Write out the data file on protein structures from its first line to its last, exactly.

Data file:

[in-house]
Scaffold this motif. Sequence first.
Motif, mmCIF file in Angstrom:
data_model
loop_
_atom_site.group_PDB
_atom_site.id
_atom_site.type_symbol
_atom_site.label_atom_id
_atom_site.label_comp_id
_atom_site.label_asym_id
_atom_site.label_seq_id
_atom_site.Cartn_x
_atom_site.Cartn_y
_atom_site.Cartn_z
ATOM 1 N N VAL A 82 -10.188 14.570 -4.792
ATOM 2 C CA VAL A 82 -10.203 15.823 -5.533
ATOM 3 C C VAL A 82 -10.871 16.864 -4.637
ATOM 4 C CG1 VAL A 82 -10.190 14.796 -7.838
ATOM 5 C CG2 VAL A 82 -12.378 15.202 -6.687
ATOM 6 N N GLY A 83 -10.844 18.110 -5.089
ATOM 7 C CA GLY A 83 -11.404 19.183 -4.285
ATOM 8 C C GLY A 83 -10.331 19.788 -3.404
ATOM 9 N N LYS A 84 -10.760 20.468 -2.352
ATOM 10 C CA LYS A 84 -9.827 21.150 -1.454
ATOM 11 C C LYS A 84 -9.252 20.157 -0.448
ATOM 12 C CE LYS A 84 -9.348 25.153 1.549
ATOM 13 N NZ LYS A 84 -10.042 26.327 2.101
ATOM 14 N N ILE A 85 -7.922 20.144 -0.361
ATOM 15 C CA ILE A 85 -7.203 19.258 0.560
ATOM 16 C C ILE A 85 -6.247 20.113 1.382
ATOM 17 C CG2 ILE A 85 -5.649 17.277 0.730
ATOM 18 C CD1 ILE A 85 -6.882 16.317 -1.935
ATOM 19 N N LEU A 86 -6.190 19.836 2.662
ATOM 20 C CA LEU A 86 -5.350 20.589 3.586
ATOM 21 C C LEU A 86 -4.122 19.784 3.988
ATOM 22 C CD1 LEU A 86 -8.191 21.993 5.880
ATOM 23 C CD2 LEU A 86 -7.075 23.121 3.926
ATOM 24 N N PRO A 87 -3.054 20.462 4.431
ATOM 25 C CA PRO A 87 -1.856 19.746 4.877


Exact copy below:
[in-house]
Scaffold this motif. Sequence first.
Motif, mmCIF file in Angstrom:
data_model
loop_
_atom_site.group_PDB
_atom_site.id
_atom_site.type_symbol
_atom_site.label_atom_id
_atom_site.label_comp_id
_atom_site.label_asym_id
_atom_site.label_seq_id
_atom_site.Cartn_x
_atom_site.Cartn_y
_atom_site.Cartn_z
ATOM 1 N N VAL A 82 -10.188 14.570 -4.792
ATOM 2 C CA VAL A 82 -10.203 15.823 -5.533
ATOM 3 C C VAL A 82 -10.871 16.864 -4.637
ATOM 4 C CG1 VAL A 82 -10.190 14.796 -7.838
ATOM 5 C CG2 VAL A 82 -12.378 15.202 -6.687
ATOM 6 N N GLY A 83 -10.844 18.110 -5.089
ATOM 7 C CA GLY A 83 -11.404 19.183 -4.285
ATOM 8 C C GLY A 83 -10.331 19.788 -3.404
ATOM 9 N N LYS A 84 -10.760 20.468 -2.352
ATOM 10 C CA LYS A 84 -9.827 21.150 -1.454
ATOM 11 C C LYS A 84 -9.252 20.157 -0.448
ATOM 12 C CE LYS A 84 -9.348 25.153 1.549
ATOM 13 N NZ LYS A 84 -10.042 26.327 2.101
ATOM 14 N N ILE A 85 -7.922 20.144 -0.361
ATOM 15 C CA ILE A 85 -7.203 19.258 0.560
ATOM 16 C C ILE A 85 -6.247 20.113 1.382
ATOM 17 C CG2 ILE A 85 -5.649 17.277 0.730
ATOM 18 C CD1 ILE A 85 -6.882 16.317 -1.935
ATOM 19 N N LEU A 86 -6.190 19.836 2.662
ATOM 20 C CA LEU A 86 -5.350 20.589 3.586
ATOM 21 C C LEU A 86 -4.122 19.784 3.988
ATOM 22 C CD1 LEU A 86 -8.191 21.993 5.880
ATOM 23 C CD2 LEU A 86 -7.075 23.121 3.926
ATOM 24 N N PRO A 87 -3.054 20.462 4.431
ATOM 25 C CA PRO A 87 -1.856 19.746 4.877